Flickr hosted all my photo-needs for 11 long years from 2005-2017. But because of its sharp decline and poor usability, I decided to leave Flick last year and move all my images over to SmugMug. A year later: my Flickr Pro account has now expired, all 10,300+ photos have been moved to SmugMug, and re-categorized by year! To celebrate, here are 14 photos, selected purely because of cold, hard facts from Flickr.
I saw exactly 100 films during 2016. That’s double my self-imposed limit of 4 per month (oops), way more than my mother (“I don’t think I saw 4 movies this entire YEAR!”), and way less than my film-critic boyfriend (who watched more than 300). While I certainly have personal favorites from those— including the usual “Best Films of 2016” list — here are 15 of the most memorable times I had going to the movies, this year.
A lot of reviews (from critics or otherwise) like to talk about whether or not a movie “held a child’s attention.” I completely understand the idea, but there are also SO MANY factors involved: parenting, pacing, other in-theater distractions, what they just ate, what they’re in the mood for, what other movies they’ve seen, how that kid in particular responds to sitting still for two hours, and on and on and on. It’s hard enough for a film critic to put aside whatever else is going on with them and force themselves to be a blank slate, so I can’t imagine what sort of surface-level, constant emotions are bouncing around (internally) at every second to distract kids.
Adam & I see a lot of movies either very late at night or stupid-early in the morning, often by ourselves (or nearly). So it’s the rare occurrence, nowadays, that we’re in a theater packed with KIDS. We both like kids, we try to be respectful of them and their parents (going to the movies is costly! and dark! and chaotic!), and we know they’re going to chatter and kick the seats. But it can also be a lot of fun (for us) to watch a film in an audience filled with kids, when it’s clearly made FOR kids.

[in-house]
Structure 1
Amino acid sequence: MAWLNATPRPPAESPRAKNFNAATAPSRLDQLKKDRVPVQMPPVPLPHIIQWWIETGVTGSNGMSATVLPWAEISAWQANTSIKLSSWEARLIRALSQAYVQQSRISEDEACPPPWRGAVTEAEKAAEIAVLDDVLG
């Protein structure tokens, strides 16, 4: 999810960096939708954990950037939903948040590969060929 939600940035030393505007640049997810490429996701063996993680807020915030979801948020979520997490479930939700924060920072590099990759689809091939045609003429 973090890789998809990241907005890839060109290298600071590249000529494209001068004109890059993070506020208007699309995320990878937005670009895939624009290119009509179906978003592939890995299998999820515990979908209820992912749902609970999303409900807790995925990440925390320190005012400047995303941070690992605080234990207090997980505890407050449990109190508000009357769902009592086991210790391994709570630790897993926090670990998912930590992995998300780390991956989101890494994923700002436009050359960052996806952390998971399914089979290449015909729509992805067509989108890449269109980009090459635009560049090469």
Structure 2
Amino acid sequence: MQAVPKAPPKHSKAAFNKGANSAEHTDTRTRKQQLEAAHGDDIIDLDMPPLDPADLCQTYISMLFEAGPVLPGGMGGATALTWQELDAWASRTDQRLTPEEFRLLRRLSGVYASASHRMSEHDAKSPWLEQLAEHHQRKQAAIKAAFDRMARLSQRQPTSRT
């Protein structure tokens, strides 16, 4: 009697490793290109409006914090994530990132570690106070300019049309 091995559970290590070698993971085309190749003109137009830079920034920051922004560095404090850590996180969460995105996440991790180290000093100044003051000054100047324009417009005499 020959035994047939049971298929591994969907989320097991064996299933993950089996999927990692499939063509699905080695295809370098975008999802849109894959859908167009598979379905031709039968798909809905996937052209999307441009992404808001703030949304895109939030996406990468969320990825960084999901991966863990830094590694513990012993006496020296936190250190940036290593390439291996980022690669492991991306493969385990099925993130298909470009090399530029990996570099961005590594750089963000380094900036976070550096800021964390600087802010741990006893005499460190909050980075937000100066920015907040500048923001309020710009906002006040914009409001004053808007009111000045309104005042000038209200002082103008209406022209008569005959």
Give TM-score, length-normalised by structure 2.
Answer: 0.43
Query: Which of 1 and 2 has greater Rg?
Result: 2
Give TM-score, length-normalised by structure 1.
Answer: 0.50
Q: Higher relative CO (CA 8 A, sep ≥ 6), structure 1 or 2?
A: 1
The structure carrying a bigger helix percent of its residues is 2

Case(s) in point: As soon as the lights went down for our preview screening of “Pete’s Dragon” and the Disney fireworks began to pop (3D!) a kid in front yelled “WOW!” Characters on screen called for “Grace! Grace?!” at one point, a boy in the audience loudly chimed in to help, and a girl in the back responded “Yes?” The theatre erupted in laughter (parents and kids alike) when a character fell down, and the small children in front of us (surprisingly) bopped in time to the folk music. Good times.
A Tex-Mex appetizer dip, closer to pico de gallo than salsa. It’s lactose-free, gluten-free, vegetarian, requires zero cooking, and makes a giant bowlful in less than 20 minutes. Since it’s a dip, it’s forgiving and adaptable to whatever you have on hand (I have canned corn, not frozen corn!) and your taste (don’t want cilantro? use parsley! want to add black olives? go for it, crazy!). Feeds a party, fast. What’s not to like?